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Planned Parenthood lease prompts tense back-and-forth
Friday, November 2, 2018 by Jack Craver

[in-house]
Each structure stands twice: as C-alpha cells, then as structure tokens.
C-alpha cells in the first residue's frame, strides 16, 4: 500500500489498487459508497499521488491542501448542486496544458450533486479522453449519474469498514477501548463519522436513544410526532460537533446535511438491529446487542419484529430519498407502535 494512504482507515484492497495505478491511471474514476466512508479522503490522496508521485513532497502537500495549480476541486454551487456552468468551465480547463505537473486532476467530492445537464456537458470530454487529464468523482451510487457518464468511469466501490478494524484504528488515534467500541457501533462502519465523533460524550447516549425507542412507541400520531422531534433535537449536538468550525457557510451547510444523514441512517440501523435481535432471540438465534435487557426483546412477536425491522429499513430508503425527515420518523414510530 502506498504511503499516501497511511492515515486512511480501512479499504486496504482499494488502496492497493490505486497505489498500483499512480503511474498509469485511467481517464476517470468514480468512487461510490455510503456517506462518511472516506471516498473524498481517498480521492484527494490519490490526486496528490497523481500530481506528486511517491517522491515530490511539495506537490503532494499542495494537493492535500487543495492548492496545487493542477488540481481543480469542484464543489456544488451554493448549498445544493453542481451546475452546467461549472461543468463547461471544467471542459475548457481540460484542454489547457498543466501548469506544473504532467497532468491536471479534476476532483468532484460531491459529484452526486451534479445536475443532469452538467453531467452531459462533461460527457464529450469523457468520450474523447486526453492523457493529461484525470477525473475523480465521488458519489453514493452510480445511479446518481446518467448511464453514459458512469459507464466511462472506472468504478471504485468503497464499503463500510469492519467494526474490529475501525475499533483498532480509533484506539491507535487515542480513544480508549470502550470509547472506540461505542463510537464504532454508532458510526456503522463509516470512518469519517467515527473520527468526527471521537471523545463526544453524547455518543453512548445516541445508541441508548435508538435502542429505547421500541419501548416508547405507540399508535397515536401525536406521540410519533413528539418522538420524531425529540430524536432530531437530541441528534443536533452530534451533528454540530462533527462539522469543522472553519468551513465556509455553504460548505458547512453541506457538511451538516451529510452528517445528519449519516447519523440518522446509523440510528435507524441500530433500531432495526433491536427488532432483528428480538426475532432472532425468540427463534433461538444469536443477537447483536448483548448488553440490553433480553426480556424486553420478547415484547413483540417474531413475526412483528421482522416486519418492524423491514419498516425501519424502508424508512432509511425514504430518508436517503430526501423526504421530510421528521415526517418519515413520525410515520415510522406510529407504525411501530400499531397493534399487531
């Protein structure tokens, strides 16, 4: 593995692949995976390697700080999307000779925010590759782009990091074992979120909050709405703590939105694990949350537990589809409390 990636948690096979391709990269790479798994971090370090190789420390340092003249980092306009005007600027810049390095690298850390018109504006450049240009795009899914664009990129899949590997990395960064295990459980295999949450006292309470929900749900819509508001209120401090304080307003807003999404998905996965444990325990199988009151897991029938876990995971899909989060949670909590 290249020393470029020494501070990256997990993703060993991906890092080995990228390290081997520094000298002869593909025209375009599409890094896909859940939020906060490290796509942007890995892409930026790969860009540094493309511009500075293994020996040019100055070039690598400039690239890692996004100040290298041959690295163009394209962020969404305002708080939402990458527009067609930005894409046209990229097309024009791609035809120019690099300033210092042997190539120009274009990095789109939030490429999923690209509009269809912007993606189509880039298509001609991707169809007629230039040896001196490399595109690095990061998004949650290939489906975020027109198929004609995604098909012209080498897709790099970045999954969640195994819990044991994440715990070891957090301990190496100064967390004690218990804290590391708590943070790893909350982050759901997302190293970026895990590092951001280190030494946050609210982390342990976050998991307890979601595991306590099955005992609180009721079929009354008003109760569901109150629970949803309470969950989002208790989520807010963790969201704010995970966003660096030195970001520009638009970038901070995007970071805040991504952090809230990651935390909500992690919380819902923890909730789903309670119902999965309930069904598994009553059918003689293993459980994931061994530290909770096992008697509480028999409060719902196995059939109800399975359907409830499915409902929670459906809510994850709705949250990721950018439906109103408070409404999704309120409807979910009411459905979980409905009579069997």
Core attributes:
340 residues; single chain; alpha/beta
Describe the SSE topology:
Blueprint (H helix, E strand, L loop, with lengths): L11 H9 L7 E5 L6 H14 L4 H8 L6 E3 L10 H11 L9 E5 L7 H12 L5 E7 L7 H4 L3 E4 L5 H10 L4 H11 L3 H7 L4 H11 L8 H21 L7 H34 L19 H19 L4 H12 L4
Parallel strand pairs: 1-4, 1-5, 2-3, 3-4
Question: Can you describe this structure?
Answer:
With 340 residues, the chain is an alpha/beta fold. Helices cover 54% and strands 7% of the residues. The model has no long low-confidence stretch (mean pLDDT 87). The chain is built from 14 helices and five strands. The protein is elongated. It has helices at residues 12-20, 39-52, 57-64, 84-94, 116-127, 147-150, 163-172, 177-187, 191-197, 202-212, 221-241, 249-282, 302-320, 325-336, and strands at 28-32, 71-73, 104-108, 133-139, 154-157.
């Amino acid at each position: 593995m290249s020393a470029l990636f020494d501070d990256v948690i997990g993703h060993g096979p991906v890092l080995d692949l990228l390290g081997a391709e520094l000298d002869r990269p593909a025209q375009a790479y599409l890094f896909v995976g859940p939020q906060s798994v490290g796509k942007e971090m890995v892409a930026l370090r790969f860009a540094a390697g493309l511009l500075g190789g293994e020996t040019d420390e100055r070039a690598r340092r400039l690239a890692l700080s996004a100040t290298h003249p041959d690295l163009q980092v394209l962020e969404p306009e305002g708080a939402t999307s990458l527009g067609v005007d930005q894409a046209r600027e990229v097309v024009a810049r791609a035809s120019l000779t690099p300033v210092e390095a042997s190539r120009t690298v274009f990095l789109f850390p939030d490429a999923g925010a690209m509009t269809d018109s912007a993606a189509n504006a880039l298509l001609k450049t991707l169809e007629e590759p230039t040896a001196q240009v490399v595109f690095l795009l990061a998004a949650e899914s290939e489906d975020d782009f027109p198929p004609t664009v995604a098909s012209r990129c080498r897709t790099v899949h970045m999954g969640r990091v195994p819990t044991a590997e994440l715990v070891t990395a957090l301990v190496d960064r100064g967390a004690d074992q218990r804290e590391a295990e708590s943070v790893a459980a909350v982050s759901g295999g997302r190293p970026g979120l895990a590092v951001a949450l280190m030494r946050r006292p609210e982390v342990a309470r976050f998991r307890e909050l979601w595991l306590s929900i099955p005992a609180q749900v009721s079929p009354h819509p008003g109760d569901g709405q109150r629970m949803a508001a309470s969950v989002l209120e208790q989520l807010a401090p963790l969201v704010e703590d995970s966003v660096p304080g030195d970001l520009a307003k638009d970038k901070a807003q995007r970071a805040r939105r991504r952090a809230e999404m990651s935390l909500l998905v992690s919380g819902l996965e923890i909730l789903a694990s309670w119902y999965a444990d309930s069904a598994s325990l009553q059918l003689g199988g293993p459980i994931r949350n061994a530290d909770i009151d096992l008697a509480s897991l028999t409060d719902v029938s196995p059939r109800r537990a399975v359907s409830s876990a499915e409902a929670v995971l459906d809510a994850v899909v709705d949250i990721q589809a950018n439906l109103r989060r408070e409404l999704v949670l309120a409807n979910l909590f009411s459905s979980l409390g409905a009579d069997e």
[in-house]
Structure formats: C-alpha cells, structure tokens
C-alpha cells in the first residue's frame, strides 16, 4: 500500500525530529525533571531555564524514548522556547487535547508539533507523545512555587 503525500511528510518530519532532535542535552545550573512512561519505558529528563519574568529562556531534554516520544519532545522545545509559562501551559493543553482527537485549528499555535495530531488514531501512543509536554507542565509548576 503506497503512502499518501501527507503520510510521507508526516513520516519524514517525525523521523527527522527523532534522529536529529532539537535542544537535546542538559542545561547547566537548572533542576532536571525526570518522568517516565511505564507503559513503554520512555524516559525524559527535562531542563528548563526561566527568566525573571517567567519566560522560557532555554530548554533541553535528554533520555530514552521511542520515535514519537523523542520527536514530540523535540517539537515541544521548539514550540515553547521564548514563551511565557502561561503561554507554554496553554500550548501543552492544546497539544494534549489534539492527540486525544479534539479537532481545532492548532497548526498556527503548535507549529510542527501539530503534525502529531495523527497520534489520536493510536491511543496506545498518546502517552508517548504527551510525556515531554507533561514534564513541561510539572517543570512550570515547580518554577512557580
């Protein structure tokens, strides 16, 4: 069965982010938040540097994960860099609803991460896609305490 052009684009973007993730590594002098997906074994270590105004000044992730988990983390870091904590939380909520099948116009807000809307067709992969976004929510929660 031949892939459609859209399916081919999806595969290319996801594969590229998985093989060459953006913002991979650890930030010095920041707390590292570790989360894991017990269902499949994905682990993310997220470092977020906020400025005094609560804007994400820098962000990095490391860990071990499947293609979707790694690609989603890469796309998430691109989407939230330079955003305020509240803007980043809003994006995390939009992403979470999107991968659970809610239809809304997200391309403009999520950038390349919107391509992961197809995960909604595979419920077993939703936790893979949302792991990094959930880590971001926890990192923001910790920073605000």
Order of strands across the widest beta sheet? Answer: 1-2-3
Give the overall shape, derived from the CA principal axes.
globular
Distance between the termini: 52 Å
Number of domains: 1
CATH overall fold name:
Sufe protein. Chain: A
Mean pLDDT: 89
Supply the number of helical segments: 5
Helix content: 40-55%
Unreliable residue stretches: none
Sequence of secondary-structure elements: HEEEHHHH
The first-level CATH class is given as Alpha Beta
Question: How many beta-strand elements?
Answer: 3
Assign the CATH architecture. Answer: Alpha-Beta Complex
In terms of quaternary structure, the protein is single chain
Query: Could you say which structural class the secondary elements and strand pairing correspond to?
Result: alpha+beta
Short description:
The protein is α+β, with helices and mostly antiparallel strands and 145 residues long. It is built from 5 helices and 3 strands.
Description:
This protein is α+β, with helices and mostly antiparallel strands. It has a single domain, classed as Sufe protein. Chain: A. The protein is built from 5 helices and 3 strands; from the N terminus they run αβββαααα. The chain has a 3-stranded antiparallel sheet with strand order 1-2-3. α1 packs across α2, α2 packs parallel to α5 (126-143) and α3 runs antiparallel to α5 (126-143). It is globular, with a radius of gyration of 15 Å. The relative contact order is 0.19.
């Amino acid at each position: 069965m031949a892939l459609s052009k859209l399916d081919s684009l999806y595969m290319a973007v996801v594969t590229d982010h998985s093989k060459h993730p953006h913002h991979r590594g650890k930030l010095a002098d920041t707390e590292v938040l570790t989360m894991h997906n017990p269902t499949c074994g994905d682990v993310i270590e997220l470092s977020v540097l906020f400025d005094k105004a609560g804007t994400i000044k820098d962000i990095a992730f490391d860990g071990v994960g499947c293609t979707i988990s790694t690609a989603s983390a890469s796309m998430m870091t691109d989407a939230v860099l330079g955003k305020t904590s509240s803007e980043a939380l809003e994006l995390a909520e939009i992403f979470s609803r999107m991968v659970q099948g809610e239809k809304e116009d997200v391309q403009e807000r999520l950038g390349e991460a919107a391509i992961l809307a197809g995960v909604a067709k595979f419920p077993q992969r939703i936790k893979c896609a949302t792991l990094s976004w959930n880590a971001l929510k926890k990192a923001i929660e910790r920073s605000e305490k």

On Thursday City Council voted to grant Planned Parenthood another 20 years on the city-owned parcel at 1823 E. Seventh St. The city will charge $1 a year in rent. The item was passed on the consent agenda, but not before Nicole Hudgens of Texas Values, a socially conservative advocacy group, voiced her objections. Hudgens said that the deal was “not fair to East Austin” due to the revenue the city was forgoing by providing the property for free. She noted that Austin LifeCare, a conservative crisis pregnancy center that seeks to discourage women from having abortions, had offered to pay the fair market value for the land. That group provides many of the same services as Planned Parenthood, she explained, “but without killing unborn children.” After she concluded her remarks Council Member Jimmy Flannigan, who had left the dais during her remarks, explained his brief absence: “I will continue to refuse to sit on this dais and hear testimony from organizations that would seek to remove my personal civil rights,” he said, referencing the organization’s opposition to LGBT rights. Afterward, Council Member Ellen Troxclair, the lone conservative left on the dais, thanked Hudgens for speaking to a crowd that she knew would not be receptive. “It’s brave and it’s hard,” said Troxclair. Flannigan responded: “There is a difference between disagreeing with the Council and seeking to eliminate people’s civil rights. We should not and cannot in this moment in this nation equivocate those two things,” he said. This was not about somebody who disagreed with him about land use or taxation, but a group that “sees some of us on this dais as less than human.” Troxclair issued one final defense, saying that she didn’t hear Hudgens say anything about “those things” that Flannigan was referencing. “She was talking about abortion, about the killing of unborn children. I think that’s a very legitimate debate that we have in this city, in this state, in this country.” The item passed 10-1, with only Troxclair in dissent.
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